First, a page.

How to Buy a Vehicle From a Government Surplus Auction

by Ava Anderton

Each year, government agencies at the federal and state level sell their surplus vehicles to the public to raise revenue. Thousands of fleet vehicles and seized assets, including cars, trucks, sport utility vehicles, motorcycles, tractors, boats, aircraft and more are auctioned off. Live auctions are held in various states at scheduled intervals, and online auctions take place throughout the year.


Choose a specific government agency. Possibilities at the federal level include the General Services Administration (GSA), the US Marshals Service, the Internal Revenue Service, the US Military and the Department of Energy. States and local governments also hold auctions. The vehicles are usually sold through contractors. Links to specific auctions, auction houses and contractor websites can be found on the various agency websites, under "Surplus Property" (see References 1).


Decide on the type of auction you want to participate in. Federal agencies and their contractors hold many different types of auctions, including traditional live auctions (the most common), online auctions, drop-by sales (same-day silent auctions) and sealed bids, where the bids are submitted by fax, Internet or mail (see References 3).


Register for the auction. To bid on a surplus fleet vehicle, you will have to obtain a bidder number by registering (for free) at the auction facility on auction day or inspection day (see References 2). To register for online auctions at GSA, you'll have to provide a working credit card (see References 1).


Inspect the vehicles prior to the sale. Different contractors have different rules for inspecting vehicles. For GSA auctions, you can obtain vehicle catalogs, which are usually posted online. Prior to auction, you can inspect the vehicles and turn on the ignition (see References 2).


Make a bid during the auction. Depending on the type of auction, bids can be made live or sealed. There may be a reserve price, which is a minimum bid amount that will be accepted for the vehicle. For online auctions, you will see a list of vehicles, lot number, current bid and the amount of time left before the auction closes.


Pay for the vehicle. If your bid is the winning bid, payment is due on the day of the auction. Financing is not available to purchase surplus vehicles at auction. Many forms of payment may be accepted for online or live surplus vehicle auctions. Check with each auction house on forms of payment that are accepted.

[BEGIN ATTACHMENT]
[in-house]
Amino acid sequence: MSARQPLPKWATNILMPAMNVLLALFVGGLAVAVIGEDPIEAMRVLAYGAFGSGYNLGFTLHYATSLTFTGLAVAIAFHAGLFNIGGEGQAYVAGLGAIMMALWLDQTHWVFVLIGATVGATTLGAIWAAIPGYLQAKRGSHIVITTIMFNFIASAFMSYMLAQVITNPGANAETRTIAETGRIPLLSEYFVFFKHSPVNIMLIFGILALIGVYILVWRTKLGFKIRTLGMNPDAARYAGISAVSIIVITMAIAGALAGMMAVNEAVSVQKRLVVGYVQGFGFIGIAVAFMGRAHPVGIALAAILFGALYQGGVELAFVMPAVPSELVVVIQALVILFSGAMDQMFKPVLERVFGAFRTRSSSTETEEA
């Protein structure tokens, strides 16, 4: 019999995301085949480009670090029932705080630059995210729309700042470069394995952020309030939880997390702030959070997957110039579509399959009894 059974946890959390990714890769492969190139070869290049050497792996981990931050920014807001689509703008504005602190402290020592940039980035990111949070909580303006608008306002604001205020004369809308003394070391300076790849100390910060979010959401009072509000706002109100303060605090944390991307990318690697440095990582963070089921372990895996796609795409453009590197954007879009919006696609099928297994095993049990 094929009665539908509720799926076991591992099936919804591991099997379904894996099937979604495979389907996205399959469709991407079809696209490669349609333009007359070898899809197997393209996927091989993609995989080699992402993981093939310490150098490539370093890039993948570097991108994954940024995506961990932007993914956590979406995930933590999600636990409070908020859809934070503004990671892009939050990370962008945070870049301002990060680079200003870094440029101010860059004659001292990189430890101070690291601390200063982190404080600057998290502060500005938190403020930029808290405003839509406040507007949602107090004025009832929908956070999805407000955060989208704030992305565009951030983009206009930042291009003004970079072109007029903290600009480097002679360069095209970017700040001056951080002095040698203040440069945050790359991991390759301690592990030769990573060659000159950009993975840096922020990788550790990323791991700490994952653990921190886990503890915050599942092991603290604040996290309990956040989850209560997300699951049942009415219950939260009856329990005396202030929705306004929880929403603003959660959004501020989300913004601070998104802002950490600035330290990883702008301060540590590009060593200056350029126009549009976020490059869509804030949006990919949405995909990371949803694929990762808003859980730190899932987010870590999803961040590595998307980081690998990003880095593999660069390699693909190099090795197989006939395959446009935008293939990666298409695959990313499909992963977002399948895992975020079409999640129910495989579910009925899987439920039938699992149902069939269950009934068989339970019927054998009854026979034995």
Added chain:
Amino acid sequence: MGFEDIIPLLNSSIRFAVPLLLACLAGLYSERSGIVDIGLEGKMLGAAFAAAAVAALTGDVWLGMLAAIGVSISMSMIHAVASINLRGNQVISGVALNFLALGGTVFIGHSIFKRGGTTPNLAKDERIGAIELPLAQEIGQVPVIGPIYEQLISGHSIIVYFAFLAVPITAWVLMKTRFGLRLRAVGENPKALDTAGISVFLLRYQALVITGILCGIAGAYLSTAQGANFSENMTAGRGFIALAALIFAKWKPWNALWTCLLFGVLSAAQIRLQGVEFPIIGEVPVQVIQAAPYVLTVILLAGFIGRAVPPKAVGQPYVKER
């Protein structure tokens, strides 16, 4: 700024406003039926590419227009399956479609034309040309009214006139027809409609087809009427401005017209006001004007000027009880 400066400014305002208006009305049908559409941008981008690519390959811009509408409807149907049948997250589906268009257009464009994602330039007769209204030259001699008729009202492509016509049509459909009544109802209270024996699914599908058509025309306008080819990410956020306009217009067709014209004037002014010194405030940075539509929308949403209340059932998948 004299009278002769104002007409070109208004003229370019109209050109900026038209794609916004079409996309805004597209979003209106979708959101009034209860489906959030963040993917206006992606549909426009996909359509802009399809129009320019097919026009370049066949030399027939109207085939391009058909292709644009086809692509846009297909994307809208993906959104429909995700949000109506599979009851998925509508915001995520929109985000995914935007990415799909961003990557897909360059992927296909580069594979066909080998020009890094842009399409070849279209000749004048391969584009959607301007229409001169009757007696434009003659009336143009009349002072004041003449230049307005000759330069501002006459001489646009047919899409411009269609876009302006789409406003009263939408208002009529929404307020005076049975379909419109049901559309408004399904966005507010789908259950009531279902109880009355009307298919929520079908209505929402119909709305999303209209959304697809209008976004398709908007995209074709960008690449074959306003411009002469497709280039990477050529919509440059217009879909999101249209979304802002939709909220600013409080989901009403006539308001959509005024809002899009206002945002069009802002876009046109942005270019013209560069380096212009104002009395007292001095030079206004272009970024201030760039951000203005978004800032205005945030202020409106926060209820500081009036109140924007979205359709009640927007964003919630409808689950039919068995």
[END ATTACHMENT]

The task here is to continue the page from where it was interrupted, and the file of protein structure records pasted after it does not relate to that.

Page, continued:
Take possession of the vehicle. As soon as the auction is over, you must transport the vehicle from the auction site. For auctions held online, with vehicles located in different cities or states, there will be a fixed amount of time to remove any vehicle you have won from the auction house.


  • check Select several vehicles to place bids on. Often, there are multiple vehicles with the same make and model or similar type of vehicle.
  • check Some GSA fleet auctions are held in houses normally open only to professional dealers. Despite the signs, GSA Fleet Auctions are open to the public (see References 2).


  • close You should be prepared to pay the full sale price and take immediate possession of a vehicle that you win at auction. At GSA fleet auctions, the Federal government will collect the greater of 20% of the purchase price or $200 if you default and can prevent you from conducting business with the government until the debt is settled.

About the Author

Based in Columbus, Ava Anderton has been writing about parenting, careers, international and environmental issues for nine years. Her work appears in blogs and in "Gender and Development," "The Journal for Transdisciplinary Studies," "Kapu-Sens Literary Magazine" and the U.S. National Trade Databank. Anderton holds a Ph.D. in urban planning.

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